Tuesday, February 16, 2016

Fun on Exuma

Yesterday was another beautiful sunny day here in Emerald Bay marina. However, as noted before, the wind was roaring through here. So, we did what sensible boaters do- we rented a car and went exploring. We drove from one end of the island of Exuma to the other. We saw trees, mangroves, and beaches. But, the houses and settlements were few and far apart. 

We headed north first. It was interesting to see the terrain. We actually saw a farm of sorts. But, it looked rather overgrown. Heading back south, we drove on to Williams Town. The town has a school, and some homes interspersed with commercial places.  Mom's Bakery most resembles a large shed. 

But, the smells are heavenly. We did indulge in baked goods. And, for once, the prices seemed actually reasonable. In fact, the freshly made chocolate rum cake was only $6.50. That's less than the price of a commercially made boxed cake sold at the airport. Granted, it is the size of a small loaf pan. However, it was fresh out of the oven. And, our baker poked holes in it and ladled on fresh rum syrup with a liberal hand.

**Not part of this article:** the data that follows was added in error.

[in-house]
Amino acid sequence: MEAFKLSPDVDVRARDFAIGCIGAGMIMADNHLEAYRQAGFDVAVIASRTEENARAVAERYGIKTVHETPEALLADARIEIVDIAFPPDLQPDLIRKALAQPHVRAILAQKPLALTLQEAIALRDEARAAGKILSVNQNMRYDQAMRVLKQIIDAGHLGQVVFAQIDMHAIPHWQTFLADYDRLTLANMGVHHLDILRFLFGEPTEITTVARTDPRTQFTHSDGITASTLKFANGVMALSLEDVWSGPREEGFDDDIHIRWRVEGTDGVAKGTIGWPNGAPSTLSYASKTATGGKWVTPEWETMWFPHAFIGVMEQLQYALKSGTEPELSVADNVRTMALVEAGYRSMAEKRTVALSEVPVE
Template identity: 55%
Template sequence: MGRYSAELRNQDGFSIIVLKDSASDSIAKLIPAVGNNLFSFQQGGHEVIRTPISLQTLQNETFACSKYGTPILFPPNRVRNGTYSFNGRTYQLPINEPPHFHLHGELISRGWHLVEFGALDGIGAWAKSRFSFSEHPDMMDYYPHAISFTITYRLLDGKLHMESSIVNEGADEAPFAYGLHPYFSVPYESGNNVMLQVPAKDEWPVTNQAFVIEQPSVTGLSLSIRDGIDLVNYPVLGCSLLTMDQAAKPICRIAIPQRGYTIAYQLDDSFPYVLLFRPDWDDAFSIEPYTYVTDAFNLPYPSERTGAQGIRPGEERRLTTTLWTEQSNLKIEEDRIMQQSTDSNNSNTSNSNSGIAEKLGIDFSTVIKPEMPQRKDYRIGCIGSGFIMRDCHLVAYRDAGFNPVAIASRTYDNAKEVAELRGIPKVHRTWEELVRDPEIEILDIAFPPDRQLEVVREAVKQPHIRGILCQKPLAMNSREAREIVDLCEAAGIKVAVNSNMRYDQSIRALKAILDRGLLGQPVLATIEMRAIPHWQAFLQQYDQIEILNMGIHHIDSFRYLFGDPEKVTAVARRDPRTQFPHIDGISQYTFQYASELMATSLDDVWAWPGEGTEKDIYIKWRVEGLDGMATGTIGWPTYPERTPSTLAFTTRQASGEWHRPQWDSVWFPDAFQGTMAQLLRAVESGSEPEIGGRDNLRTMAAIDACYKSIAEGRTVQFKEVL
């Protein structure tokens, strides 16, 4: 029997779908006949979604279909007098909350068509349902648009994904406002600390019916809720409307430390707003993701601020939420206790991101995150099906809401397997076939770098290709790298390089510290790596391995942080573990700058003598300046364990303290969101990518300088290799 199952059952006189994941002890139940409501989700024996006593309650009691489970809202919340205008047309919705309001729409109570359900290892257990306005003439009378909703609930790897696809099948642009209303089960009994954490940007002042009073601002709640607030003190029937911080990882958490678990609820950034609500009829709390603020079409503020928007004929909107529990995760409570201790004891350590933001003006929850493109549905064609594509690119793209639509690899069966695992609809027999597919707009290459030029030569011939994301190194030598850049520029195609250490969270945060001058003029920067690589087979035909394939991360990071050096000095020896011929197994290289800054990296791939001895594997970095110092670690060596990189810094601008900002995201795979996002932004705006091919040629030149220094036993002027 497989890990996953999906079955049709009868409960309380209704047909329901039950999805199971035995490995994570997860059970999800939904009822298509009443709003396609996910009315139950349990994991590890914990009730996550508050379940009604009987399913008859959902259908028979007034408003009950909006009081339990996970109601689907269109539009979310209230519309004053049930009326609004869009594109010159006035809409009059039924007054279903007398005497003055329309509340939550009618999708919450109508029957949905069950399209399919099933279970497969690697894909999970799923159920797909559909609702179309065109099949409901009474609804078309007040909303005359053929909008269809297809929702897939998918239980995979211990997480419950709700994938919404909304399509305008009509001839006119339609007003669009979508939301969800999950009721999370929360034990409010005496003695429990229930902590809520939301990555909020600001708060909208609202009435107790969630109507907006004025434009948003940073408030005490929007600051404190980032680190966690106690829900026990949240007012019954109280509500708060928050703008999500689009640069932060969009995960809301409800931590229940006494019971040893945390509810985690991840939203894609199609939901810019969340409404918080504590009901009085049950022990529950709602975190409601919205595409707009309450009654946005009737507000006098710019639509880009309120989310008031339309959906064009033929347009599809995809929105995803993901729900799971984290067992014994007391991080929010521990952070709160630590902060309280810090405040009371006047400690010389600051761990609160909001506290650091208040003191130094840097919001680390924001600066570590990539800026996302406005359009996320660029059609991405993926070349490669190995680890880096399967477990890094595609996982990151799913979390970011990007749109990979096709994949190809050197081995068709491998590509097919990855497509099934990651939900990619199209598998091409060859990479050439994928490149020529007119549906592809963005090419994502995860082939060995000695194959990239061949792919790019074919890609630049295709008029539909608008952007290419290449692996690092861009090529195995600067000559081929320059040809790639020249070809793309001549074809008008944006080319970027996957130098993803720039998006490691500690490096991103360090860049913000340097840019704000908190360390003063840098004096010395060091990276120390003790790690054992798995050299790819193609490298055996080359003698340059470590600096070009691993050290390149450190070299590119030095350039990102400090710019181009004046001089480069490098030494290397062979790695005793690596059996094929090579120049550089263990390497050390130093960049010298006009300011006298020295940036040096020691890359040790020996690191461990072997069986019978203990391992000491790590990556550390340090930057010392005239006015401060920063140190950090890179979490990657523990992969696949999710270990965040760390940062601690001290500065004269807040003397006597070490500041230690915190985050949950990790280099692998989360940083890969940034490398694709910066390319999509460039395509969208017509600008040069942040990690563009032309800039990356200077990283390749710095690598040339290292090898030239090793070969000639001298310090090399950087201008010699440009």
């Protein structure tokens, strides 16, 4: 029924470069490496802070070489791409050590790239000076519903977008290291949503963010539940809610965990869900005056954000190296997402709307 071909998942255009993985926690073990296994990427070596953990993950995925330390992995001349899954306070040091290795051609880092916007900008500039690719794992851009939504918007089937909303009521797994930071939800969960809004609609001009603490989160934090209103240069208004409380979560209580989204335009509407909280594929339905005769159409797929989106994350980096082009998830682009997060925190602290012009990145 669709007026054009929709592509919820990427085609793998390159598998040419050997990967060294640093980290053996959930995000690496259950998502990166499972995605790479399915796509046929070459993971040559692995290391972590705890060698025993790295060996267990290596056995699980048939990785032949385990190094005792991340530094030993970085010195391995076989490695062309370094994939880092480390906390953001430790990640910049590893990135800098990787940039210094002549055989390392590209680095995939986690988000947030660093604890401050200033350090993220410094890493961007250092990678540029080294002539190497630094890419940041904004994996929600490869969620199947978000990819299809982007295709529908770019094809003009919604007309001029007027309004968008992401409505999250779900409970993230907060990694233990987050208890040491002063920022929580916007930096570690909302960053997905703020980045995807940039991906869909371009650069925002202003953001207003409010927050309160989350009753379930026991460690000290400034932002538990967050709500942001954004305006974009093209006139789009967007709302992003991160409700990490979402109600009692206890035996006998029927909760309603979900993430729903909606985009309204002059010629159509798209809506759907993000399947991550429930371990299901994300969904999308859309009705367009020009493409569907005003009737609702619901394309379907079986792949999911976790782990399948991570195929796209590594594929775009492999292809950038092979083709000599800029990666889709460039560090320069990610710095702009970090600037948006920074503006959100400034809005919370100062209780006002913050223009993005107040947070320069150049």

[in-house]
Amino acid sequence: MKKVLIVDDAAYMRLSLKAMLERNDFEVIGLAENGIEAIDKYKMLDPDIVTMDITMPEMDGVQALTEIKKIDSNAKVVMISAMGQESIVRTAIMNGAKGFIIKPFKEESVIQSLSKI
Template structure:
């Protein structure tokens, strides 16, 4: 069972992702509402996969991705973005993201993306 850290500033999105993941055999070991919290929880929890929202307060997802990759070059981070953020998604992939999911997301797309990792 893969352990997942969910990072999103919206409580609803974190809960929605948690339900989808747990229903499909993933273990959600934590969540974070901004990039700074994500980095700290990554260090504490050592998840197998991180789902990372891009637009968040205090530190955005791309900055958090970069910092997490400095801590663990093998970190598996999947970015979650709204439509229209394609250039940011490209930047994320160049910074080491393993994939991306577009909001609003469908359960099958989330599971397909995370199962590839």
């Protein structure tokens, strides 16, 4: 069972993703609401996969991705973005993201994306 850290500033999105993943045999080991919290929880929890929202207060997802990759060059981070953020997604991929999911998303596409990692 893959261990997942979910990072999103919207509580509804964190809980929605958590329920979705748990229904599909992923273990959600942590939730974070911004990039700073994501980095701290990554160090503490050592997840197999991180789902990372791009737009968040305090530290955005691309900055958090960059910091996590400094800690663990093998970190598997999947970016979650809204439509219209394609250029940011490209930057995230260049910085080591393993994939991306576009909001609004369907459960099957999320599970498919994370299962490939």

We walked next door to Santanna's Bar and Grill. It's not your usual place. 

The only building is the one in the center that houses the actual bar and cooking area. All seating is either out on the surrounding deck it right at the bar. 

As you might remember, the wind was really blowing. We chose to sit on the road side so that we were out of the wind. And, we had the most amazing lunch. According to the locals, this is the place to get grouper and lobster. They were not kidding. Terry reported that the grouper was delicious. Peggy had the fried shrimp. She said they were large, and they had a subtle flavor of coconut. Mike had the conch, and he reported that it was some of the best conch he's had. And the lobster? Well, I've never had fried lobster before. But, I would go back again for it! The lobster was tender and tasty in a light tempura-like batter.

After lunch, we headed back down the island. Mike actually found a vegetable stand along the side of the road. We stopped, and he bought 3 tomatoes and a green pepper- all for $1. Well, they really were tiny things. But, they came out of a real yard here in the Bahamas!

And then, we were off the George Town. George Town is the largest town, and it is just about the size of St. Michael's. And, it has the same boating town vibe. There are boats and bars and expensive souvenirs as wells as a few nice restaurants thrown in. In the center of town is a Straw Market - a place for locals to sell their wares. The woven straw goods are amazing- and often way above the price I could pay. However, it is a joy to see women's work valued so highly.

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